Racism in America has been the subject of serious scholarship for decades. In that time, Harvard University Press (HUP) has had the honor of publishing some of the most influential books on the subject. Culled from the HUP’s publications in history, law, sociology, medicine, economics, critical theory, philosophy, art, and literature, “Racism in America: A Reader” was released as a free e-book on Aug. 4.
The book will be available for download on the HUP website and also via digital book retailers on all ebook platforms. It is an invitation to understand anti-Black racism through the eyes of some of its most incisive observers.
Readers will find selections from classic works, as well as more recent voices from the past three decades, including:
- Toni Morrison’s description of the Africanist presence in the white American literary imagination
- Walter Johnson’s depiction of the nation’s largest slave market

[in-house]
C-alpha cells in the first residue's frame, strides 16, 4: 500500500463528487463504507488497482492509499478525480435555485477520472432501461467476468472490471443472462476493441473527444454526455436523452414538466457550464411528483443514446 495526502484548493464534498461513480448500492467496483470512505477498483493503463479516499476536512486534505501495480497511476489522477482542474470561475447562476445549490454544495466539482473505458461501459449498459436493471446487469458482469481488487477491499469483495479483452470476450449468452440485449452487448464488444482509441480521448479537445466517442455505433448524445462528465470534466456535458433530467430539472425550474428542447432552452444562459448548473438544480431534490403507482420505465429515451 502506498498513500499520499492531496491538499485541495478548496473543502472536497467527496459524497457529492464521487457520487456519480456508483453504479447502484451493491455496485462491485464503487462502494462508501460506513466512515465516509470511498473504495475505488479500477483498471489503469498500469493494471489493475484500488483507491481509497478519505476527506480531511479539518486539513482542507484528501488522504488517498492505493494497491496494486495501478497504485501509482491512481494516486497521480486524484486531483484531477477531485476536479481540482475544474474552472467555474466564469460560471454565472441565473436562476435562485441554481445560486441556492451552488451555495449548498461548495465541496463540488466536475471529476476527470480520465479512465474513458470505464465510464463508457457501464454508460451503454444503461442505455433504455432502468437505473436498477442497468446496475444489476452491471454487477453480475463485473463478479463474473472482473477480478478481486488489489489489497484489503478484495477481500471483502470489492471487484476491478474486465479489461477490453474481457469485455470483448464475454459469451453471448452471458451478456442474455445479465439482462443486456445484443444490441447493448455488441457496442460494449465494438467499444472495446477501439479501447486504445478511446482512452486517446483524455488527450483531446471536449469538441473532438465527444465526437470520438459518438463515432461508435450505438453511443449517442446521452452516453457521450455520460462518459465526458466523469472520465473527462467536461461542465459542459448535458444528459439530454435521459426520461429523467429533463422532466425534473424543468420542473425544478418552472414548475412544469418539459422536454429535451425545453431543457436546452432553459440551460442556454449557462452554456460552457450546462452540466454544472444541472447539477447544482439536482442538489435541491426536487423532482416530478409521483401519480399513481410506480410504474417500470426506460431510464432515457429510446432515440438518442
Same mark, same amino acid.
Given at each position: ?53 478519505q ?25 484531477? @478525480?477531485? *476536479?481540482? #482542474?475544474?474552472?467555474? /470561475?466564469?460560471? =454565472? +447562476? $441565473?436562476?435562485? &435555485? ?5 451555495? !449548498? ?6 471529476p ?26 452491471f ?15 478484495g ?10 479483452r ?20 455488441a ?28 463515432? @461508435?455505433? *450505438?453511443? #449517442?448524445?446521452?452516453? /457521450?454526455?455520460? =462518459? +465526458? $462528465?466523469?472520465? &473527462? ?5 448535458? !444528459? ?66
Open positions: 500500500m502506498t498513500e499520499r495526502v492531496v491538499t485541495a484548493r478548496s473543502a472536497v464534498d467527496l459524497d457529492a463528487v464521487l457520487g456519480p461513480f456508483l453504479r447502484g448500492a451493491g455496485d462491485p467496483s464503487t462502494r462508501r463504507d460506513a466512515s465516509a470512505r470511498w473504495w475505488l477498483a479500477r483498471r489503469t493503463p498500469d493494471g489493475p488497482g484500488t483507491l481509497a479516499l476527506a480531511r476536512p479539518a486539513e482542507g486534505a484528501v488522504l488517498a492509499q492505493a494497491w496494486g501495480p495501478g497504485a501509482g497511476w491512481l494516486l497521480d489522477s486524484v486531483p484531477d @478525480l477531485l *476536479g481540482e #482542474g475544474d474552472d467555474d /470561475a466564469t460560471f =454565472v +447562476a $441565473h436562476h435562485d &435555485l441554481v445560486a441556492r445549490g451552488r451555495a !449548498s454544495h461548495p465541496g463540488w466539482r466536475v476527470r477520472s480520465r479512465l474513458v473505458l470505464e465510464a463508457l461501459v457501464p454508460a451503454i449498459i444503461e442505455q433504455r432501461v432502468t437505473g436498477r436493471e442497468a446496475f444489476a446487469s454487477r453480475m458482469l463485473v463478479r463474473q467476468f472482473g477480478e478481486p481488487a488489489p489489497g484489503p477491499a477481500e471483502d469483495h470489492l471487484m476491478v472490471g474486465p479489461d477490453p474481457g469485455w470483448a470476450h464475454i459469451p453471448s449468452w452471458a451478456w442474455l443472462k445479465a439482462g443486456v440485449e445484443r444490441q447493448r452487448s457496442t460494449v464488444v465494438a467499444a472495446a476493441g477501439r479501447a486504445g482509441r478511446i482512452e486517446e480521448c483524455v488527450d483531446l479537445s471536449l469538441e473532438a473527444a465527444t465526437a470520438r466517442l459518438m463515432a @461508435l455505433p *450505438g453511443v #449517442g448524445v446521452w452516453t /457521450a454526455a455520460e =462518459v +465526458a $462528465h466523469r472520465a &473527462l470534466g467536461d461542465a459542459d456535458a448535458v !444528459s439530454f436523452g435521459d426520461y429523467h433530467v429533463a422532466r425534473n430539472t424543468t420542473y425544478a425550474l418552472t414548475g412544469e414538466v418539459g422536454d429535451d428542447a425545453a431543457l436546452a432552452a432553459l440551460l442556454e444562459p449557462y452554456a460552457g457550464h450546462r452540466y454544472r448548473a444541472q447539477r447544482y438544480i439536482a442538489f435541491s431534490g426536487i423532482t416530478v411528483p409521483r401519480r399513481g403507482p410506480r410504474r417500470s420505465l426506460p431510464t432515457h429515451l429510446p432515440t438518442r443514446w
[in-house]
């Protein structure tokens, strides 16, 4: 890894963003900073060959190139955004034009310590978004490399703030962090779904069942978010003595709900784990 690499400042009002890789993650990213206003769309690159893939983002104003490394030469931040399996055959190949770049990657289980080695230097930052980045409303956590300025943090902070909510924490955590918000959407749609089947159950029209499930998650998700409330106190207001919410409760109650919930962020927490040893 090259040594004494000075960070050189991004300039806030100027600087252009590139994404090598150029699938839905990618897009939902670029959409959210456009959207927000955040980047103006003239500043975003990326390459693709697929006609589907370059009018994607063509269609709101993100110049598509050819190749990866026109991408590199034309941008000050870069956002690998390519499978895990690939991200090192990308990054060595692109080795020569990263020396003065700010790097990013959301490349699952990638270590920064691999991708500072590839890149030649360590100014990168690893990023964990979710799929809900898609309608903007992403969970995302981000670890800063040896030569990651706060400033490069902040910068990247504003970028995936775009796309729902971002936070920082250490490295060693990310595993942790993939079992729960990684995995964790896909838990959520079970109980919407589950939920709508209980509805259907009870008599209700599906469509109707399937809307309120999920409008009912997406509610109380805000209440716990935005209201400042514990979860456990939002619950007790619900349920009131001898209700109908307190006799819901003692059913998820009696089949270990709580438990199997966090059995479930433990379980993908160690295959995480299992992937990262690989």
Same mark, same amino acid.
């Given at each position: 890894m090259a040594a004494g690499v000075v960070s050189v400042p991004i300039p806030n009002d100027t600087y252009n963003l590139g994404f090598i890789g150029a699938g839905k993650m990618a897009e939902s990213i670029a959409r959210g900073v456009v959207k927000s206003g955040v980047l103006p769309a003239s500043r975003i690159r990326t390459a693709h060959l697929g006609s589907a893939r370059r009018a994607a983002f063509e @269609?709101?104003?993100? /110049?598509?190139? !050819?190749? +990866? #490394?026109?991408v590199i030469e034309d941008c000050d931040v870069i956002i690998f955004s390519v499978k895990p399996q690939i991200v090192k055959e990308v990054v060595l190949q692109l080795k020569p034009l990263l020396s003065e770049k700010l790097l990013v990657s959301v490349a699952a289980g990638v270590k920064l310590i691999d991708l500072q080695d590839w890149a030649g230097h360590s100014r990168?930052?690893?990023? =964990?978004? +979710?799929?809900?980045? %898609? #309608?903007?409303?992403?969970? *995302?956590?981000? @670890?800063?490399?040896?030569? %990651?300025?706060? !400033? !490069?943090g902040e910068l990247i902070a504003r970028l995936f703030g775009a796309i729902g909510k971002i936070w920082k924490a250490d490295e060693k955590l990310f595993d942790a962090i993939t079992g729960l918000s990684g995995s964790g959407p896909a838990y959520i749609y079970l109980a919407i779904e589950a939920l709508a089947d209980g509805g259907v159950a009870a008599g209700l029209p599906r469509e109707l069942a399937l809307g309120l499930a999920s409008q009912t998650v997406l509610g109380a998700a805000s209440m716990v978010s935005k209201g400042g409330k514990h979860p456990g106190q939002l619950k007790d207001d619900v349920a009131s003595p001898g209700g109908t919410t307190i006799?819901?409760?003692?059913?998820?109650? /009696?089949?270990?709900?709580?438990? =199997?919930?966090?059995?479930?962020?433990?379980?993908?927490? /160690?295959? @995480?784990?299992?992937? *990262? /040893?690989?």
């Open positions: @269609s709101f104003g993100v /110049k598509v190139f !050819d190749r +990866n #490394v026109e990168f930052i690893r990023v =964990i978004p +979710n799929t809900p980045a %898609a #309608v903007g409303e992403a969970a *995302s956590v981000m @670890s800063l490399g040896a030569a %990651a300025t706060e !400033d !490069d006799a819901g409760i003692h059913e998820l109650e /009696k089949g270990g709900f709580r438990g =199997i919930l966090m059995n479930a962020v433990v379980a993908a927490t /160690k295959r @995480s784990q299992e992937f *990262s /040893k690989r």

- Stuart Hall’s theorization of the relationship between race and nationhood
- Khalil Gibran Muhammad on the pernicious myth of Black criminality
- Elizabeth Hinton on the link between mass incarceration and 1960s social welfare programs
- Anthony Abraham Jack on how elite institutions continue to fail first-generation college students
- Mehrsa Baradaran on the racial wealth gap
- Nicole Fleetwood on carceral art
- Joshua Bennett on the anti-Black bias implicit in how we talk about animals and the environment
Because the experiences of other non-white peoples are often intertwined with the story of Black Americans and figure into the broader history of racism in America, there are included as well as writers who focus on the struggles of Native Americans, Latinos, and Asians. “Racism in America” is for all readers, teachers, and students curious to discover for themselves this rewarding body of intellectual work that has fed our national conversation on race for years and will continue to do so.
“HUP has a long and rich tradition of publishing the most penetrating work on this stubborn and still unresolved national problem,” said HUP Director George Andreou. “By making a portion of that work available for free to all readers, we hope to nurture the reflection, recognition, and exchange without which there can be no solution.”